Assumptional analysis and conflict modes

Posted 30 Jul 2012 by TeriSmith

In the late 1970s and early 1980s, Ian Mitroff and I developed a systematic methodology for uncovering – and then revising – the hidden assumptions behind decisions and actions. This same methodology can provide new ways of thinking about and then choosing the right conflict mode for a given situation.


I define assumptions as all the things that would have to be true in order to argue, most convincingly, that your beliefs are valid and that your actions will be effective. The beauty of “assumptional analysis” is first surfacing all the underlying, often unstated assumptions so you can find out if they are actually true, false, or uncertain. By seeing your assumptions face-to-face, you have the chance to revise them, which will surely inspire you to change your beliefs or modify your behaviour


Assumptional analysis begins by stating, either orally or in writing, your belief or intended behaviour: “Using the competing mode is the best way for me to resolve this conflict at this time.” You then write out what would have to be true about each aspect of the situation – the other person or persons, the culture of the organization, the reward system, and so forth – in order for you to argue that your choice of mode will be most effective for you and others, including the organization, both short term and long term.


In most cases, you will write out from 10 to 30 assumptions about all the people – both internal and external stakeholders – to support your behavioural intention. To give maximum support for the competing mode, for example, you would have to assume that the outcome of the conflict is more important to you than to others. You might also have to assume that the culture of the organization actively discourages people from taking the time to develop a more in-depth, win-win solution for all concerned. Moreover, to give maximum support for the competing mode, you would also have to assume that there wouldn’t be any unintended consequences from asserting your needs over other people’s needs in this organization.


You then sort all your assumptions according to two distinctions:



These distinctions result in four categories of assumptions:



  1. Most important and certain

  2. Most important and uncertain

  3. Least important and certain

  4. Least important and uncertain.


Not surprisingly, the primary focus for this analysis is on the most important assumptions that can negate your best intentions. In particular, any assumption (A) that falls into the Critical Region makes you most vulnerable to being dead wrong. If you are wrong about that assumption, you can no longer argue for the efficacy of your behavioural intention – and yet you have no idea if that assumption is actually true or false!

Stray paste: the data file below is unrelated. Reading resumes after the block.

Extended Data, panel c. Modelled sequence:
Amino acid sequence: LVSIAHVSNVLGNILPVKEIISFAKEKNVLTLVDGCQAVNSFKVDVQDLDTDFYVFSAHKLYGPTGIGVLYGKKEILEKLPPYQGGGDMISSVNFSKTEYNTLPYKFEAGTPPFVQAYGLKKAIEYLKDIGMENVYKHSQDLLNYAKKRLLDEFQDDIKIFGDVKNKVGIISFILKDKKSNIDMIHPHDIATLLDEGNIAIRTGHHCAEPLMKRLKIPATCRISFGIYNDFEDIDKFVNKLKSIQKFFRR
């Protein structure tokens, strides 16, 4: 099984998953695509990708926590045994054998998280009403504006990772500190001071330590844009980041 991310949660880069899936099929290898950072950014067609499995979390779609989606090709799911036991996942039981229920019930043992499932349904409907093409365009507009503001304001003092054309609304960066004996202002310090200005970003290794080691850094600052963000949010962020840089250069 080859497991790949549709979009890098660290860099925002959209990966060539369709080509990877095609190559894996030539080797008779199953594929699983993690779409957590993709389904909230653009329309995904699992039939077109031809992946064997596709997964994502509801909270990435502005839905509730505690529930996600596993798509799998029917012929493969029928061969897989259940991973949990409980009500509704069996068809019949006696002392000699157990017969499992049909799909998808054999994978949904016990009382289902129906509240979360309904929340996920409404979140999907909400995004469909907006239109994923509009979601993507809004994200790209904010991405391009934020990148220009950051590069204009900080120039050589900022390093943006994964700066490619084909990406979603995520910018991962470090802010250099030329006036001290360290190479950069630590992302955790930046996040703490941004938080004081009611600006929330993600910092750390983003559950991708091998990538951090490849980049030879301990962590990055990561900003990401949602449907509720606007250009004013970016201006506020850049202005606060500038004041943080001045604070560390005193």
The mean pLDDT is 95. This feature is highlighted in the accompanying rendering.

By seeing which assumptions are most important and false, however, you can easily revise them without further discussion or investigation. Often, it’s startling to discover that you were about to use a conflict mode that was solidly based on an assumption you already knew to be false!


By seeing which assumptions are most important and uncertain – since these assumptions are just as likely to be either true or false – you can now spend some time to investigate the truth or falsity of these assumptions through further discussion or research and then revise them, based on what you learn. For example, if I must assume that my needs are more important than yours, how do I know that? Maybe I need to ask you outright, rather than make blind assumptions that will surely undermine my approach to conflict management.


Bottom line: We are always making all kinds of unstated, untested assumptions about the other people in a conflict situation, including the attributes of the organization itself. By being more aware of our assumptions, however, we can significantly improve our success in choosing the right modes and then resolving our conflicts. But since it takes time to do assumptional analysis, we should use this method only when the conflict is very important to resolve and we, in fact, are right about this assumption!


For more information about assumptional analysis, see my article on problem management at www.kilmanndiagnostics.com/problem.html.


Ralph H. Kilmann, PhD, is CEO and Senior Consultant at Kilmann Diagnostics in Newport Coast, California. Formerly, he was the George H. Love Professor of Organization and Management at the Katz School of Business, University of Pittsburgh – which was his professional home for 30 years. He earned both his BS degree and MS degree in industrial administration from Carnegie Mellon University (1970) and a PhD degree in management from the University of California, Los Angeles (1972). Kilmann is co-author of the TKI assessment and has published more than twenty books and one hundred articles on conflict management, problem management, organizational design, change management, and quantum organizations.

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